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No river view for me!

This article, written by our Queensland Partner Michael Kleinschmidt, first appeared in the August 2023 edition of the QLD LookUpStrata magazine.

Question: Most unit’s in my block have fabulous river views. My view is blocked due to a few large shrubs. The committee will not trim the shrubs. What can I do?

I reside in a block of units directly across from a river. The unit block is ironically named ‘Riverview’. I reside on the raised, end ground floor apartment in a block with seven units on the same level. All other units have shrubs and plants trimmed well below their balcony rails. They have fabulous river views. However, I have three large shrubs in front of my unit that are approximately 30cm to 60cm above my balcony rail and impede my view of the river.

I have requested these shrubs are trimmed below my railing. However, the committee said the shrubs looked nice from the street and refused to trim them. This is causing me stress. How do I get the shrubs trimmed?


Follow these eight steps.

In the words of the immortal Kamahl, ‘Why are people so unkind?’. I suspect Kamahl was making a direct reference to your committee.

If I was you, this is what I would do assuming those plants are on the common property:

    1. Search the Council records, get the development approval and check for any landscaping plan.
    2. Check the local laws in the Shire and see if there is anything relevant.
    3. Check the by-laws to see if they have anything relevant.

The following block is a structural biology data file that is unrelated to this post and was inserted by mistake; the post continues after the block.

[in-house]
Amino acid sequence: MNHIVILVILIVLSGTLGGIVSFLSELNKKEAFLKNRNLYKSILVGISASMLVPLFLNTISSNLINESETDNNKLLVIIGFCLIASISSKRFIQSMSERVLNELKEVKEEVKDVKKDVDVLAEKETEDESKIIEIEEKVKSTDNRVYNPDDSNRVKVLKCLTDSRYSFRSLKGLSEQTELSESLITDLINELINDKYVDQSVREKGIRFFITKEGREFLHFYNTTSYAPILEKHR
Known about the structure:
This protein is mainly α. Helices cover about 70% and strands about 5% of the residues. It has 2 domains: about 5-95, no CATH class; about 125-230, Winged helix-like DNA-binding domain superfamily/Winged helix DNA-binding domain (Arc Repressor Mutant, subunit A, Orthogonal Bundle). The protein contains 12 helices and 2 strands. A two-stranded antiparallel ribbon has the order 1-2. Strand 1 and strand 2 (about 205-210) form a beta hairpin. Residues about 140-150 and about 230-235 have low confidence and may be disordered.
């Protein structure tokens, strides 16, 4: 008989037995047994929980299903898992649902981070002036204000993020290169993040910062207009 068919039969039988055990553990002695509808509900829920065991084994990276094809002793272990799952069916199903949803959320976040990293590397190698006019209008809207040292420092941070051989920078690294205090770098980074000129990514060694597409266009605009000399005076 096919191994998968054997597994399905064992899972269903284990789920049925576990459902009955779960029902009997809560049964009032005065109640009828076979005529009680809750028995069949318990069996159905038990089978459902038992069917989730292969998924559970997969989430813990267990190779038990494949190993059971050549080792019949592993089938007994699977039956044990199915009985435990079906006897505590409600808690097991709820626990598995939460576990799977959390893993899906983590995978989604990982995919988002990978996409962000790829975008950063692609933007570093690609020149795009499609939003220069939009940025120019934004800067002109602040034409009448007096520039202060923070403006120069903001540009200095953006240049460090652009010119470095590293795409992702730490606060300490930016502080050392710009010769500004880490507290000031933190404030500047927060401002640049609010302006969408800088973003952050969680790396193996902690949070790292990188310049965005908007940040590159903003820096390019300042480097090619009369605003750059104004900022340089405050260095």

4. Go back over all your old photos, and find any where the bushes were trimmed to the lower level, were not there, or were another species that were not causing a problem (i.e. evidence that in times past, view interruption was not an issue).
    5. Search the body corporate records for the gardener’s contract and any communications dealing with the issue.
    6. Depending on the results of those investigations, lodge an owner’s motion to be voted on by the committee to have the bushes trimmed and to keep them trimmed.
    7. If the committee votes’ no’, and you have evidence that the bushes were, in fact, not an issue in the past (for example, they were trimmed lower, or a different species etc.), and you think you can prove that your use and enjoyment of your land is subject to ‘substantial, ongoing and unreasonable interference’ by virtue of the issue, then lodge a dispute under the Neighbourhood Disputes (Dividing Fences and Trees) Act 2011, against the body corporate as the ‘tree keeper’.
    8. In the alternate, set up a conciliation application against the body corporate for making an unreasonable, and thus unlawful, decision to refuse the trimming. Now, anyone who gets to steps 7 or 8 should get a lawyer on board before they start the proceeding!